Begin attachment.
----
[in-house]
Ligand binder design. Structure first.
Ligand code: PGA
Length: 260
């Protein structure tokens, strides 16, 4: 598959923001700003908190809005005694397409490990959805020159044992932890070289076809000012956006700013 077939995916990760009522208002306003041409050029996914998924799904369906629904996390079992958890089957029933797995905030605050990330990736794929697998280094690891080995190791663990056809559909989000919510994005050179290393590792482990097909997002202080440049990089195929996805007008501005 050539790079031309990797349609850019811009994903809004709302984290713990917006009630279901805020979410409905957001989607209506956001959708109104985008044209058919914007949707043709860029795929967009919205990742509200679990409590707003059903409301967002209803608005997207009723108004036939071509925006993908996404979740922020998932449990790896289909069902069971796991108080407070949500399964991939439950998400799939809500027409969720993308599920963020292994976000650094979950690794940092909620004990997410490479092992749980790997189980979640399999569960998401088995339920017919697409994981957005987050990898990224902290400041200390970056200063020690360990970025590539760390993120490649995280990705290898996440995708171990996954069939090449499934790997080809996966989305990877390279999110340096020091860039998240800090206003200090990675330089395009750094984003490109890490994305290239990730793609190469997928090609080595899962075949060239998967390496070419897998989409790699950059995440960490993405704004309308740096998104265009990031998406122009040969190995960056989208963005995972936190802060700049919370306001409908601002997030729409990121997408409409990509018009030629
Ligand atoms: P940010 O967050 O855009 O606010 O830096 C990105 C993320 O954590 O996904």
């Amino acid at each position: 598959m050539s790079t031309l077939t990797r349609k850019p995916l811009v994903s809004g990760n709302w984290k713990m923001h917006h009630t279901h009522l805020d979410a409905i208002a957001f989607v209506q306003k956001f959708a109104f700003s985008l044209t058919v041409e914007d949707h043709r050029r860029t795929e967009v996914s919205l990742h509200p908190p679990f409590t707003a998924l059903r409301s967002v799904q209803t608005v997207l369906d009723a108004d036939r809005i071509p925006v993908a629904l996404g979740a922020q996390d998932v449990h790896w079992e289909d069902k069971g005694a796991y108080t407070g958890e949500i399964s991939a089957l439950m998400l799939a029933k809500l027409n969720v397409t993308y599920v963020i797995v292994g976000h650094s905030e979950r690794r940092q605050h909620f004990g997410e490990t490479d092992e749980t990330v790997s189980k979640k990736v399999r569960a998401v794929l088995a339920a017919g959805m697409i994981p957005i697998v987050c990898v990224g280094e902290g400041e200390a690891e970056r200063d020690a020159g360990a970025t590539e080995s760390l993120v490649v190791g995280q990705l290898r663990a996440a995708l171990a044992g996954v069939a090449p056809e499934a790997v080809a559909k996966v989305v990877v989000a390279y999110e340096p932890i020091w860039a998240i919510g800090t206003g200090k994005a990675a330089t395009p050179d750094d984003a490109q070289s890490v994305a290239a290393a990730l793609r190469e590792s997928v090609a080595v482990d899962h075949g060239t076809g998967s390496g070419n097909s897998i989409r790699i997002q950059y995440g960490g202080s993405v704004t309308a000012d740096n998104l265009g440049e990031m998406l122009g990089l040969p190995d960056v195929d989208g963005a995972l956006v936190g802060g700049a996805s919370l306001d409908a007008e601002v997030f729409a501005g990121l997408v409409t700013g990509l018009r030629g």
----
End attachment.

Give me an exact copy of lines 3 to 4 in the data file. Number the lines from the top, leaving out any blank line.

Ligand code: PGA
Length: 260